Charlotte heaves a small, beleaguered sigh at the nervous woman on her back, and probably rolls her eyes a little when no one is looking. She's seen it all before, and this silly goose is no different from any beginner.
Always one to jump a little too soon, and never one to realize one must walk before learning to run, Irene decides she would like to see if she can handle a quicker walk. Without a word, she gives the mare a little flick with the riding crop, and Charlotte moves into a slow jog – much to the woman's delight.

Faulkner breaks Bruce into a little jog to keep up, though he never has to use the crop, just sitting up a little more and giving the proper, subtle clues so that it sets off to keep him abreast of Irene. "Yes, I was serious about finding other people to help. You're too much too handle for just little old me. I don't know if that's because you're a redhead, or because you're part Irish. You know what they say about the Micks, after all."

Laughing gaily, Irene is absolutely thrilled to find that she seems to have a knack for horseback riding, after all. Of course, a great deal of credit ought to go to the even temperament and gentle, long-suffering spirit of Charlotte. Without that, it would be a very different story, indeed.
Faulkner's remark causes Irene a little pause. It's as good a time as any to practice reigning her horse in, and she manages to slow the mare back down to a walk, and then a stop. Narrowing her eyes and tilting her head slightly, the little redhead replies: “No, I don't know. What do they say about 'Micks'?” If her seat weren't so unsteady, she would cross her arms over her chest as she speaks.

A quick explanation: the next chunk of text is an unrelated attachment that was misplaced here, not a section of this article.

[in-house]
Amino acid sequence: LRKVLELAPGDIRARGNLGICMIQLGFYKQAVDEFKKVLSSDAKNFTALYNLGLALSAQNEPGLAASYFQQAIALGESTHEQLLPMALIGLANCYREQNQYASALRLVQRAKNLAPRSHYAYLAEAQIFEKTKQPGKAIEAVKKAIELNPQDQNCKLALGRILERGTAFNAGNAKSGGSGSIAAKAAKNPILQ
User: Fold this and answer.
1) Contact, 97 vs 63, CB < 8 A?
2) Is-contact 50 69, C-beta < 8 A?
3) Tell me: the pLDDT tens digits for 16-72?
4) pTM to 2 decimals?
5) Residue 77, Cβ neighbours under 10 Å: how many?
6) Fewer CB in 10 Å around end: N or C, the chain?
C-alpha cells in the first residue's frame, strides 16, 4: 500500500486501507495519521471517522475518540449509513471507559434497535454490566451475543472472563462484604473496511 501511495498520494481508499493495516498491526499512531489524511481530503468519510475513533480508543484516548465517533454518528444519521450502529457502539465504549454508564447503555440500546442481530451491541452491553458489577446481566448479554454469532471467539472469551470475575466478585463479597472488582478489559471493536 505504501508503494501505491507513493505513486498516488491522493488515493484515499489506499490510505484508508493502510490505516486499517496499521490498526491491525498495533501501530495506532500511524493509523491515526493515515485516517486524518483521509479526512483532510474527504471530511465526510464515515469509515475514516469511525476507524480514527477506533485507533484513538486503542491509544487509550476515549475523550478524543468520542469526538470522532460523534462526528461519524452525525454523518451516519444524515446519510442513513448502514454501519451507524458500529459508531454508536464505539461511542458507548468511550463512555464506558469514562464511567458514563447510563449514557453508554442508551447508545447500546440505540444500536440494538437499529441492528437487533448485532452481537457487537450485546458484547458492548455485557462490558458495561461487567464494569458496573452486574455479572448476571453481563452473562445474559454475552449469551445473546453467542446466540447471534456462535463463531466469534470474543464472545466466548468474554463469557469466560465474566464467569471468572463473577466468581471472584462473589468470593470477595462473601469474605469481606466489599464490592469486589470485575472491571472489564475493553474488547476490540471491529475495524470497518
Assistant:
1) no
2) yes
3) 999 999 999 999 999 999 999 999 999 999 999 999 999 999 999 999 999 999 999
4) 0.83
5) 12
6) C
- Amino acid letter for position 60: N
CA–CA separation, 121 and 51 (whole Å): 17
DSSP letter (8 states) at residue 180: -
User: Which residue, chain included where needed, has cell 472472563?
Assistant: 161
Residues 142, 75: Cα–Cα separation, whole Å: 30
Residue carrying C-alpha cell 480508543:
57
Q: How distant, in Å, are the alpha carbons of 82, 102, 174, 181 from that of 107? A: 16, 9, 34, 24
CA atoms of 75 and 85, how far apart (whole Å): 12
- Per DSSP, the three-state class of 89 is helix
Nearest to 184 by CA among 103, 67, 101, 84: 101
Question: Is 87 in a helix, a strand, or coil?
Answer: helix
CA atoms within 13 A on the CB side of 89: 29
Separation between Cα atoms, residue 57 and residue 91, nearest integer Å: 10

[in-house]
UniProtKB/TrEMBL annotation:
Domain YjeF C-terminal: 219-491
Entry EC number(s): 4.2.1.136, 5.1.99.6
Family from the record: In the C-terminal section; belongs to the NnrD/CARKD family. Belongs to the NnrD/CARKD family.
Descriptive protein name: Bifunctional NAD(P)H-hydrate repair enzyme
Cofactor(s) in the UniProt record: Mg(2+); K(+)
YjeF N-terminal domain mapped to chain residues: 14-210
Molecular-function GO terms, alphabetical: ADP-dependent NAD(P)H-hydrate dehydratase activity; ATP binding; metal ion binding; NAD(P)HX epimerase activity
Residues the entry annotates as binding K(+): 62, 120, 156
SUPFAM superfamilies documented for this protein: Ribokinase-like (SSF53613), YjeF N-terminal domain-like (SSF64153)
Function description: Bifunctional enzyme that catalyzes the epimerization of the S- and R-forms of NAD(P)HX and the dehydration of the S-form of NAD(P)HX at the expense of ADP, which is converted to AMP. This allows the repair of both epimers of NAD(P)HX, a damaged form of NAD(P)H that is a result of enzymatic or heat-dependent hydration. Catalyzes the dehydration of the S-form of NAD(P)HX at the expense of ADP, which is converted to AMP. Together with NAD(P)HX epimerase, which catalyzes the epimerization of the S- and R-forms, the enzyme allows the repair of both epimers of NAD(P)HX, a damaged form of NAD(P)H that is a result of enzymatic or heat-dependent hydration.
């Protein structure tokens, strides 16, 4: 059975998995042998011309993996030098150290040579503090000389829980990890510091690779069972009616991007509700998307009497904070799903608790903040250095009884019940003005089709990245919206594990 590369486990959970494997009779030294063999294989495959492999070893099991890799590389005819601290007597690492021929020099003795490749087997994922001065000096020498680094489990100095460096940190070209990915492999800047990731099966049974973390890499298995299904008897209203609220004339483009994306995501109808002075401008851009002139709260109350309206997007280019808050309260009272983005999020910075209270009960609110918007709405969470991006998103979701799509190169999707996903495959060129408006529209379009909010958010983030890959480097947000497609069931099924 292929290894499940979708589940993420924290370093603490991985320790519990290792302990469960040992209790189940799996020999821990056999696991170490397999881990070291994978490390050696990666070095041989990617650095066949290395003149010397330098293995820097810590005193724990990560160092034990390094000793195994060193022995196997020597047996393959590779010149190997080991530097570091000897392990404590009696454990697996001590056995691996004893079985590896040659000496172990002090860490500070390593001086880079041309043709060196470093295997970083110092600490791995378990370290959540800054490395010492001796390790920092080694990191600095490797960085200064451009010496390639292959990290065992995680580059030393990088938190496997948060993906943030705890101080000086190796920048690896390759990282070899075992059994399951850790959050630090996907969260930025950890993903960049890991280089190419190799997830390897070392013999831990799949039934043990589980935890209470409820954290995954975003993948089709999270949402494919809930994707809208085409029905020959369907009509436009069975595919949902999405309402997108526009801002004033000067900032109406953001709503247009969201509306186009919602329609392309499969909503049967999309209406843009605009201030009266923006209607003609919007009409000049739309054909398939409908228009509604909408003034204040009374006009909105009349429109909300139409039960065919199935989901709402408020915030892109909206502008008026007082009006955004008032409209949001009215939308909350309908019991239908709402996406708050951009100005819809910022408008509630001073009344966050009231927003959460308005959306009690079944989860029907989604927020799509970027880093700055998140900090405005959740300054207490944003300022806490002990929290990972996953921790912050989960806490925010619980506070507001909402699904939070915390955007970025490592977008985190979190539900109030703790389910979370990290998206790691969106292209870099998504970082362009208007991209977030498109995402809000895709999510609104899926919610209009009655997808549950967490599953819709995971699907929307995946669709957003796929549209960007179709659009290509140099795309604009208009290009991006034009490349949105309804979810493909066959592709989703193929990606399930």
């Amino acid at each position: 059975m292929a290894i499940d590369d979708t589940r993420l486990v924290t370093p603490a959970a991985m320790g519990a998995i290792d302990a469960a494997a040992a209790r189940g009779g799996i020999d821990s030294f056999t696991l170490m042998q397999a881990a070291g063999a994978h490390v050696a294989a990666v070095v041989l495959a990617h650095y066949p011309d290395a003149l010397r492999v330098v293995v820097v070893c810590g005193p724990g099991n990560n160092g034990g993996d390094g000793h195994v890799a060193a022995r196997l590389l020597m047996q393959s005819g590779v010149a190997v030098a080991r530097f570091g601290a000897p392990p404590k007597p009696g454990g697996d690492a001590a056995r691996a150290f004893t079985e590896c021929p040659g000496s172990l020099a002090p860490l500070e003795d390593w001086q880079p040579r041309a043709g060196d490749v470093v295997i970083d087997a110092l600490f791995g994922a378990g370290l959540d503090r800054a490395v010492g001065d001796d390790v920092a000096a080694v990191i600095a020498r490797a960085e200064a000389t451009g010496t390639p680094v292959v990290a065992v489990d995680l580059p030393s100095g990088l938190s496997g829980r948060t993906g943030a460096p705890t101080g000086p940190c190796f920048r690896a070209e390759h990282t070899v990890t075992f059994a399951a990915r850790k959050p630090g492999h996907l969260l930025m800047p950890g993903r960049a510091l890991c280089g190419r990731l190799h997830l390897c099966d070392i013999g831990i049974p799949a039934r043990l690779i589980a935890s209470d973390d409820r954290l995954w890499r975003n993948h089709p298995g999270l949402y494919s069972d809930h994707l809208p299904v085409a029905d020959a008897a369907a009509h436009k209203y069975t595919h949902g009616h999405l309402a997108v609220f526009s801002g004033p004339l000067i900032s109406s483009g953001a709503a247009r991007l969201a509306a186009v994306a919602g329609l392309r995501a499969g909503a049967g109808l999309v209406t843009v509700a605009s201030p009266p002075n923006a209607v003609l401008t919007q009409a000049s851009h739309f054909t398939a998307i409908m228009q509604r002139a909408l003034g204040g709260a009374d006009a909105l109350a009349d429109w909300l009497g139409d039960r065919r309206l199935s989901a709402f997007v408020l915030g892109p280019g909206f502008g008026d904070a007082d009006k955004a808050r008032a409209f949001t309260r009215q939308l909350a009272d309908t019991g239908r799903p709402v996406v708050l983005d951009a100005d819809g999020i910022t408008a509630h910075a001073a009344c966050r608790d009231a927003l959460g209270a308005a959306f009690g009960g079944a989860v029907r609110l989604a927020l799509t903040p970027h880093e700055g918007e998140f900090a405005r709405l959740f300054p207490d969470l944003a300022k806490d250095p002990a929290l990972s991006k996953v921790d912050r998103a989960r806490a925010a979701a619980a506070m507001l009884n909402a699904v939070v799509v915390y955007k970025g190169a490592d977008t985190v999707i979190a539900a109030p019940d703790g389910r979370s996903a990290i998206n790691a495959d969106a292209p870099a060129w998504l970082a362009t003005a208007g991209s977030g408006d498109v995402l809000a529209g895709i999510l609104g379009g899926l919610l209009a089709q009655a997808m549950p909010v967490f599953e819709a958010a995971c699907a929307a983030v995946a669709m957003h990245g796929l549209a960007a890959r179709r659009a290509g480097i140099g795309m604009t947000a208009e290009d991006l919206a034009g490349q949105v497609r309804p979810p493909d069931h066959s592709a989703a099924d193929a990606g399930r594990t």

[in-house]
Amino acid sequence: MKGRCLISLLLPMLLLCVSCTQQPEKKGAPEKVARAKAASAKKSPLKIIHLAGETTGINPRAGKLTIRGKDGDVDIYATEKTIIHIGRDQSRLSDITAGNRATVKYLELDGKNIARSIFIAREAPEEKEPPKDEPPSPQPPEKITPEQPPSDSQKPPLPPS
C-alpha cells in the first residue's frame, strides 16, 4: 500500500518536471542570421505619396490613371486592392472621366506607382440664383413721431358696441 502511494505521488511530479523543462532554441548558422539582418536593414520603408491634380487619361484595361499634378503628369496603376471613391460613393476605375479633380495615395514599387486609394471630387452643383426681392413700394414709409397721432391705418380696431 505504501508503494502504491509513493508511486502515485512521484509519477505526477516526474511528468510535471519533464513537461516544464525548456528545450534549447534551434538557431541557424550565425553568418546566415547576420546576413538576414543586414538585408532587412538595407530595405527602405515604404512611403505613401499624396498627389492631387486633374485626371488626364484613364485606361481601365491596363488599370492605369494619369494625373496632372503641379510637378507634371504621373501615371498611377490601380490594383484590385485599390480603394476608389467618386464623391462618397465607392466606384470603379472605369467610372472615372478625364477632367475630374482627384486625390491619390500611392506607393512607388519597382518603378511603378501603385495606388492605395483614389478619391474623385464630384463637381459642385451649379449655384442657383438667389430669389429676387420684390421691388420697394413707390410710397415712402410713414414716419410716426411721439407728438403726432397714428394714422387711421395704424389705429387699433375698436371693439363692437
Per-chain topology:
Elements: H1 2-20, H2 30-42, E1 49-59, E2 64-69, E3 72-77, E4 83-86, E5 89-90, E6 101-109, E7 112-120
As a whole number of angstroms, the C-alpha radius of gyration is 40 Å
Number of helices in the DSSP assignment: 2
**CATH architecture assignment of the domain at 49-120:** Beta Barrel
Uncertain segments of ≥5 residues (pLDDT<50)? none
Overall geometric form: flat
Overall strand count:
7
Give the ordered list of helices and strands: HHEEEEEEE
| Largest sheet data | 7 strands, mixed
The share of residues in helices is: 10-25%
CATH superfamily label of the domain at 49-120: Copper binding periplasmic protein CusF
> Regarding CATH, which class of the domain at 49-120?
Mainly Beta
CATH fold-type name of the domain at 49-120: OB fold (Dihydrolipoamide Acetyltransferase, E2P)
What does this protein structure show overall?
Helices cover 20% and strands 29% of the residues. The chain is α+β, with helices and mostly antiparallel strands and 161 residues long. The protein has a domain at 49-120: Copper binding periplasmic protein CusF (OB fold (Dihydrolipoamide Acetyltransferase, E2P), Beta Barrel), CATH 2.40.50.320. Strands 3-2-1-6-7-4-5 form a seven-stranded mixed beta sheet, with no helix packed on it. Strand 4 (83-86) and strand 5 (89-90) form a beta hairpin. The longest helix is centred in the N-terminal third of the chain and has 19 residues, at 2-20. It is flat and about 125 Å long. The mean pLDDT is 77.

"That they're hot tempered, of course!" Faulkner replies, with a laugh. He does enjoy pushing her buttons now and again, "Not calm, reasonable, civilized people like we English. Though our repeated campaigns of terror might have had something to do with that. Still, it's a nice place to visit."

Irene's mouth opens and closes a couple of times before words finally come to her. “Hot tempered, are we?” She asks, her cheeks tinged with red. “Uncivilized, are we? Humph!”
A small exclamation of outrage follows her little outburst, and Charlotte puts her ears back as if to say: “Now, that's enough!” However, being a new, ignorant rider, Irene can't tell that the otherwise docile mare doesn't care for her tone. Thoughtlessly, the young woman huffs and gives her mount a sharp little swat on the hindquarters – which, in turn, causes Charlotte to give a startled jump. This time, she doesn't trot; but rather, she lurches into an immediate canter. To anyone with experience, it's nothing to be worried about, but for Irene, it's positively terrifying, and she loses her grip on the reigns almost instantly.

Faulkner is taken something by surprise as Irene takes off like a hare on the back of Charlotte, and in combination of laughing at her huffing and the bolting of the horse, Bruce bucks a bit and the pilot almost goes flying himself. "Oh, for the love of…" he says, as he grips tight with his thighs and tries to hold on. He's not going anywhere just yet, and says, "I'll be right there, Irene, just as soon as…" he tries valiantly to gentle the horse, who is now getting well and truly annoyed at it's companion and rider both.